Understanding Mental Health in Seniors

Mental Health in Seniors

By Tera Rudloff, MBA, MPA, ACHE, Chief Executive Officer, Voyages of Sugar Land

Mental health problems among older adults are more common than most realize and therefore often left untreated. According to The Pan American Health Organization (PAHO), “At least one in four older adults experiences some mental disorder, such as depression, anxiety, or dementia.” As the population is aging, the number of older adults with mental health challenges is expected to double by 2030. While mental health challenges are growing, two-thirds of seniors are not getting the mental health treatment that they need.

The most common mental health problem that seniors face is depression. However, unique to senior adults, many also suffer from sleep and behavioral disorders, cognitive deterioration or confusion as a result of physical disorders or surgical interventions. These challenges have led to seniors ages 85 and older having one of the highest suicide rates of any age group.

To combat the mental health obstacles faced by the senior population, it is important to be able to recognize the warning signs of a mental health disorder and know when to seek out help.

Warning Signs

Warning signs are often overlooked in older adults as depression may be disregarded as an inevitable result of life changes, chronic illness, and/or a disability. By recognizing the signs of a mental health condition and knowing when to seek treatment, the quality of life for a senior can be enhanced.

The National Institute of Mental Health lists the following as the most common warning signs of a mental illness in older adults and seniors.  Keep in mind, most older adults will not use words like ‘depression’ or ‘suicide’ so being observant and noticing changes in behavior or speech are important.

  • Noticeable changes in mood, energy level, or appetite
  • Feeling flat or having trouble feeling positive emotions
  • Difficulty sleeping or sleeping too much
  • Difficulty concentrating, feeling restless, or on edge
  • Increased worry or feeling stressed
  • Anger, irritability or aggressiveness
  • Ongoing headaches, digestive issues, or pain
  • A need for alcohol or drugs
  • Sadness or hopelessness
  • Suicidal thoughts, or thoughts of death/dying
  • Engaging in high-risk activities
  • Obsessive thinking or compulsive behavior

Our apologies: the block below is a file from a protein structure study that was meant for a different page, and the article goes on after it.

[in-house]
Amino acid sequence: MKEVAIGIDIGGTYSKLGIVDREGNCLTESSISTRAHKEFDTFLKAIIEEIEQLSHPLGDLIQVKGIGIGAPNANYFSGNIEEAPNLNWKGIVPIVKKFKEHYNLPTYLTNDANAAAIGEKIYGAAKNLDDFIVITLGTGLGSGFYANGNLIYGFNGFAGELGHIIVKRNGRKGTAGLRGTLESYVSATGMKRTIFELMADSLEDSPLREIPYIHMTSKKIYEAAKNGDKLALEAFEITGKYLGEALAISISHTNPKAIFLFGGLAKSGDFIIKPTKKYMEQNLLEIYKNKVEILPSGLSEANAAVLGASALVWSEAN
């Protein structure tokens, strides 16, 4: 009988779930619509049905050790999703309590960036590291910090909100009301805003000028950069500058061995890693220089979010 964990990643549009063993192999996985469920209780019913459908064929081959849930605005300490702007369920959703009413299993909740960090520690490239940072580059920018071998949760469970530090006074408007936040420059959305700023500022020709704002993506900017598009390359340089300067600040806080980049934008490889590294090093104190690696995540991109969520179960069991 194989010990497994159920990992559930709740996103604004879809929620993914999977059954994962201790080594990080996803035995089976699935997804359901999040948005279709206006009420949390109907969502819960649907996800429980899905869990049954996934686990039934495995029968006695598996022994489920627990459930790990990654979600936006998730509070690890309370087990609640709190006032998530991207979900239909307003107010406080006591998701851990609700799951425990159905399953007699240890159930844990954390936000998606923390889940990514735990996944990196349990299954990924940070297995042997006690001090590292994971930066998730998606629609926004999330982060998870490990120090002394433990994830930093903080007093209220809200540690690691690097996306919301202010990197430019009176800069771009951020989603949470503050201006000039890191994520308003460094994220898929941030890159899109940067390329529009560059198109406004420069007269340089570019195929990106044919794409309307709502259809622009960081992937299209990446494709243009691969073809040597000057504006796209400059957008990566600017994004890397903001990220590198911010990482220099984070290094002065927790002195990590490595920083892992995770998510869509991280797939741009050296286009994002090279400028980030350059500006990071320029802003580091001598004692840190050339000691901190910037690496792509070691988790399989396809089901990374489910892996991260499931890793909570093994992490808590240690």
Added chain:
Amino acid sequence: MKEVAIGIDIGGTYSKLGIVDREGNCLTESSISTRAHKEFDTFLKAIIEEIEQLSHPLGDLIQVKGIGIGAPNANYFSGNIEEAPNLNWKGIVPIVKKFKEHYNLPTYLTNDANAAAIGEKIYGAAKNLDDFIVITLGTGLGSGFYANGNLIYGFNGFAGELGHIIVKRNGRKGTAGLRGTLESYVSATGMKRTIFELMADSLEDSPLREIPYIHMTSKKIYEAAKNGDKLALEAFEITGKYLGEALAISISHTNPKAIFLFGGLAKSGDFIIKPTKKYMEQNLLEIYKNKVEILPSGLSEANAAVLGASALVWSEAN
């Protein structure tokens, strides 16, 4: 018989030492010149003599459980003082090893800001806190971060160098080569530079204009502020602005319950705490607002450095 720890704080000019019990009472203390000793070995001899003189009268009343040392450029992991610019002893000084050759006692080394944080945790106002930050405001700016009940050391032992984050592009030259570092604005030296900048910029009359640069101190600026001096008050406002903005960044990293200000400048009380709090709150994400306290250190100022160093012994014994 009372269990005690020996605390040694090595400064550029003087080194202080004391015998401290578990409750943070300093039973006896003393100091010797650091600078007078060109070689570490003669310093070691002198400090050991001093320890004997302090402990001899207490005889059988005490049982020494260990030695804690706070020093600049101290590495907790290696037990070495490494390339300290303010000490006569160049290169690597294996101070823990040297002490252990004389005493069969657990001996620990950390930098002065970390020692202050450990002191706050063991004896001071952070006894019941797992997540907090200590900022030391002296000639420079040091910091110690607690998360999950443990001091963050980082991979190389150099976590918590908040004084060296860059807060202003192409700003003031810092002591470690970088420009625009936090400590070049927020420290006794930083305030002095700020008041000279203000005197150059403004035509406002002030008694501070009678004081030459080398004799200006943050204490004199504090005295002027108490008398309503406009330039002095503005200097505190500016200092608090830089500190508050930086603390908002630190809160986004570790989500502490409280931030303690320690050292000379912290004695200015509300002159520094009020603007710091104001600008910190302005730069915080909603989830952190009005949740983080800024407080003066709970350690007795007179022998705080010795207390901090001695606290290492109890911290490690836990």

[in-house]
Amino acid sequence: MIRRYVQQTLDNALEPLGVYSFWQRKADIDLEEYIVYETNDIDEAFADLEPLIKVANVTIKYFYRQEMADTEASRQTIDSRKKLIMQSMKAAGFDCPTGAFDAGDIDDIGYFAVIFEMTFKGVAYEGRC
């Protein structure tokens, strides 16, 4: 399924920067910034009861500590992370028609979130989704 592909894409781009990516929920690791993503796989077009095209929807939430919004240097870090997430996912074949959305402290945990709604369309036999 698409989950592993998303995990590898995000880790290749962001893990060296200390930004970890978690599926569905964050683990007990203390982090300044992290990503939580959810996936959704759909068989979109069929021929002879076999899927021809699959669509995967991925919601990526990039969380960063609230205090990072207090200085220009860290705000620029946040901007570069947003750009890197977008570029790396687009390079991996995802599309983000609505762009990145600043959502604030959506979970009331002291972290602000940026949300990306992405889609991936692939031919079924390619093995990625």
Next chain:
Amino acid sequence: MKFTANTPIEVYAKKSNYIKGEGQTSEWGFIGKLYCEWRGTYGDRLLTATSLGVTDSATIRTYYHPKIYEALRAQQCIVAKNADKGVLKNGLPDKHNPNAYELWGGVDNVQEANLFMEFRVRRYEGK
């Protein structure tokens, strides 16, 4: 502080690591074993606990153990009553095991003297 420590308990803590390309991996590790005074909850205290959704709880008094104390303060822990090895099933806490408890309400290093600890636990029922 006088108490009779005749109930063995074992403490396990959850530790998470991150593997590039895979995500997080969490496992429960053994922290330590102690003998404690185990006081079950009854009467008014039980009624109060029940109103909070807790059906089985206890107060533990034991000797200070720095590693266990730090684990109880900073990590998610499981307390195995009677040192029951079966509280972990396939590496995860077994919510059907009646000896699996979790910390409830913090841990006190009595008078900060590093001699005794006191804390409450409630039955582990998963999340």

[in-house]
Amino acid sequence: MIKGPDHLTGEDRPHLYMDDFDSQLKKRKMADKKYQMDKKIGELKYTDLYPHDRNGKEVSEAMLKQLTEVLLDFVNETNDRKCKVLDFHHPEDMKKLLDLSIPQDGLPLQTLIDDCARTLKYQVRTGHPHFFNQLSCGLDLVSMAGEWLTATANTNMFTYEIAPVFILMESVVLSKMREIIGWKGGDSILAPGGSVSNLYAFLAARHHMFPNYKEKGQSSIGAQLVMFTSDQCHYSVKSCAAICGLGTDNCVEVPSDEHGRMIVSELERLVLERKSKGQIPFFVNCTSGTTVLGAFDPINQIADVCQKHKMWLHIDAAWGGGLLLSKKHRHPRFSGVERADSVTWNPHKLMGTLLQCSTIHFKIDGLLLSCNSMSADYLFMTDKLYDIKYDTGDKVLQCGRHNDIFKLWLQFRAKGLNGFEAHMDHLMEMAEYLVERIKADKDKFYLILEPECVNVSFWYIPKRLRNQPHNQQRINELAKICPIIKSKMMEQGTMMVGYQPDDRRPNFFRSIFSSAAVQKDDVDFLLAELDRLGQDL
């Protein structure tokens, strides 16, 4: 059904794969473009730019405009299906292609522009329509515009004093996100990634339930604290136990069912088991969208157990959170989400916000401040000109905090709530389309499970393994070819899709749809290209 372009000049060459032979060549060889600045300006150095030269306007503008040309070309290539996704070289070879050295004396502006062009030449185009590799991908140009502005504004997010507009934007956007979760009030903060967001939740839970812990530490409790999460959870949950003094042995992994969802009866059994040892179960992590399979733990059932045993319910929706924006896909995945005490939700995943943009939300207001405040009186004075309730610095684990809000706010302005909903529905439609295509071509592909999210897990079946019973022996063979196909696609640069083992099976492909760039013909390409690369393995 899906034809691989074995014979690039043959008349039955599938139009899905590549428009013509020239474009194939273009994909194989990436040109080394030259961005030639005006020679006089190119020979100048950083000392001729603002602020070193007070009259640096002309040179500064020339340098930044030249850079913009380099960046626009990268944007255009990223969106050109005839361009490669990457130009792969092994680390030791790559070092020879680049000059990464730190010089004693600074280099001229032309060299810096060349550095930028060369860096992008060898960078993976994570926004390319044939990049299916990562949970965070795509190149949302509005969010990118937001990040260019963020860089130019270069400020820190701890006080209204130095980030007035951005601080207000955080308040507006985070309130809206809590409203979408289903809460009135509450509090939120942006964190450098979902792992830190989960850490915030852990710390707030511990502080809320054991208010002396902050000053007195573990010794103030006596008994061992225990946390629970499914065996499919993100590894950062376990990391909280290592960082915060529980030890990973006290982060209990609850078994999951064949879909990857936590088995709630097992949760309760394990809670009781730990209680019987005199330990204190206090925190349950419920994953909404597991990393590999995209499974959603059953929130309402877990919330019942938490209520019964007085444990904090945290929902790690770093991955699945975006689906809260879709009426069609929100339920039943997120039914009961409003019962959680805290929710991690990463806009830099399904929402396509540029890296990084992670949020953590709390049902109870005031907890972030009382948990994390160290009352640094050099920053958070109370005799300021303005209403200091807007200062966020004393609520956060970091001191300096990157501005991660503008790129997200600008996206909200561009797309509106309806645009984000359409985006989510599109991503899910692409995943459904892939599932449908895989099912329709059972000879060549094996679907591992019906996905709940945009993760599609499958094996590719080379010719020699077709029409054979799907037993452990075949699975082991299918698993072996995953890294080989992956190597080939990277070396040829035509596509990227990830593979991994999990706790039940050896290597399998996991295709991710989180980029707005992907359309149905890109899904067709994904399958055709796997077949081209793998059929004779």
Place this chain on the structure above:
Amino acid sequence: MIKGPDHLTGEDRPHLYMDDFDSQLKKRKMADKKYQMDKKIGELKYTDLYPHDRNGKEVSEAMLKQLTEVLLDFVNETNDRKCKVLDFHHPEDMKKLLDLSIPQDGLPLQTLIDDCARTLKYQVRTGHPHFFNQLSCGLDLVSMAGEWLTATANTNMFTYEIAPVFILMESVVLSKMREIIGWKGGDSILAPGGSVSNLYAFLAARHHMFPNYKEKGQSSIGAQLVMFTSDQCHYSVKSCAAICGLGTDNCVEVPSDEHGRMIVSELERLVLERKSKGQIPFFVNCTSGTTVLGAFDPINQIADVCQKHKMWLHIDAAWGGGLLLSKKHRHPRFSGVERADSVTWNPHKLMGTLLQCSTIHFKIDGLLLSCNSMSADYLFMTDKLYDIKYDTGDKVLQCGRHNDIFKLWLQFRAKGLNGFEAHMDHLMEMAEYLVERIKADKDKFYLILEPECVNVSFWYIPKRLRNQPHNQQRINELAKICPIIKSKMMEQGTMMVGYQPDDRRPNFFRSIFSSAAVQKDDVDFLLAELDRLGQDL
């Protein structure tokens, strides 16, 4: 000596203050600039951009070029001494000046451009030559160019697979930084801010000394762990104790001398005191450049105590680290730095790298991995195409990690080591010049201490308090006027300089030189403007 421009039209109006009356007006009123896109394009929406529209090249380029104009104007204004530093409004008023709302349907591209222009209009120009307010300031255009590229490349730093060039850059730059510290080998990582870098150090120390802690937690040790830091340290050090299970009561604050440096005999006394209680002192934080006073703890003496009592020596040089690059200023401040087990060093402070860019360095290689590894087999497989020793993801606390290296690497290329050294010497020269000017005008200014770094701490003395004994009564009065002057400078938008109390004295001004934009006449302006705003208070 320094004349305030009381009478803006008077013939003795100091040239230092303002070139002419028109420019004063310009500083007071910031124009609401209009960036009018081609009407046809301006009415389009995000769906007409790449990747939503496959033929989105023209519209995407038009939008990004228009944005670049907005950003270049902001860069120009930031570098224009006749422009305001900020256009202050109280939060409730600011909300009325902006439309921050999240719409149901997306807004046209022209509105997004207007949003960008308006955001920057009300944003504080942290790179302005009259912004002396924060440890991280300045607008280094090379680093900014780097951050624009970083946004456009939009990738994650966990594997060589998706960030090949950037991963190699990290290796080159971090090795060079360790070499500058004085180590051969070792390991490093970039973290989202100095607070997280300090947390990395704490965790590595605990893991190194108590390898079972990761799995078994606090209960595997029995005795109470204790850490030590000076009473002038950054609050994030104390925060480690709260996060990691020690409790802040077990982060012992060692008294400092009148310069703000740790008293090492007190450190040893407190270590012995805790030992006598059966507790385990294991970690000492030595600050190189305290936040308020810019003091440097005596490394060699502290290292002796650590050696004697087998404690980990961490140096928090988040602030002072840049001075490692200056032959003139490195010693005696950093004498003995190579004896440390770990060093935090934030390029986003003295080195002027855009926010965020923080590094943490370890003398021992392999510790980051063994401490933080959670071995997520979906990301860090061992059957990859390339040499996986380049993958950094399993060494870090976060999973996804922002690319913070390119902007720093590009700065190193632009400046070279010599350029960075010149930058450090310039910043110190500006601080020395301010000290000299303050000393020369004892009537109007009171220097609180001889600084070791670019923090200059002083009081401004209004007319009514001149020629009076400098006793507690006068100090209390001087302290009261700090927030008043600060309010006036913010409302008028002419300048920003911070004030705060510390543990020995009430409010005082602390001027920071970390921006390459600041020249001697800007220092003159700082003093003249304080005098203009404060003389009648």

• Thoughts or behaviors that interfere with work, family, or social life
  • Unusual thinking or behaviors that concern other people

Mental health challenges are not a normal part of aging. Look for the warning signs of mental illness and seek professional help if the warning signs persist for a period of longer than two weeks.

Treatment and Care Strategies

Older adults face unique mental health challenges and it is important to find a healthcare provider that is experienced in treating those specific needs. The World Health Organization (WHO) supports treatment and care strategies to address the mental health needs of older adults. Some items to look for when selecting a healthcare provider might include:

  • Providers with specific training in providing care for older people;
  • Providers focused on preventing and managing age-associated chronic diseases including mental, neurological and substance use disorders;
  • Providers developing age-friendly services and settings.

Additionally, the mental health of older adults can be improved through promoting an active and healthy lifestyle. Mental health-specific health promotion for older adults involves creating living conditions and environments that support wellbeing and allow people to lead a healthy life.

Mental Health in the Community

The National Council on Aging states, “Older adults are less likely to access mental health treatment, whether due to stigma, lack of access to providers, or the misconception that conditions like depression, anxiety, or others are a normal part of aging.” Help is available to aid seniors in living a better life.

Good general health and social care is important for promoting older people's health, preventing disease and managing chronic illnesses. If you or someone you love is struggling with a mental health condition, reach out to your primary physician for help. Effective, community-level primary mental health care for older people is crucial. It is equally important to focus on the long-term care of older adults suffering from mental disorders, as well as to provide caregivers with education, training and support.

If you or someone you know may be in need of care, Voyages Behavioral Health is here to help.  Our team of professionals specializes in geriatric behavioral health care and can help you or your loved one. For more information about a Voyages location near you, visit VoyagesHealth.com.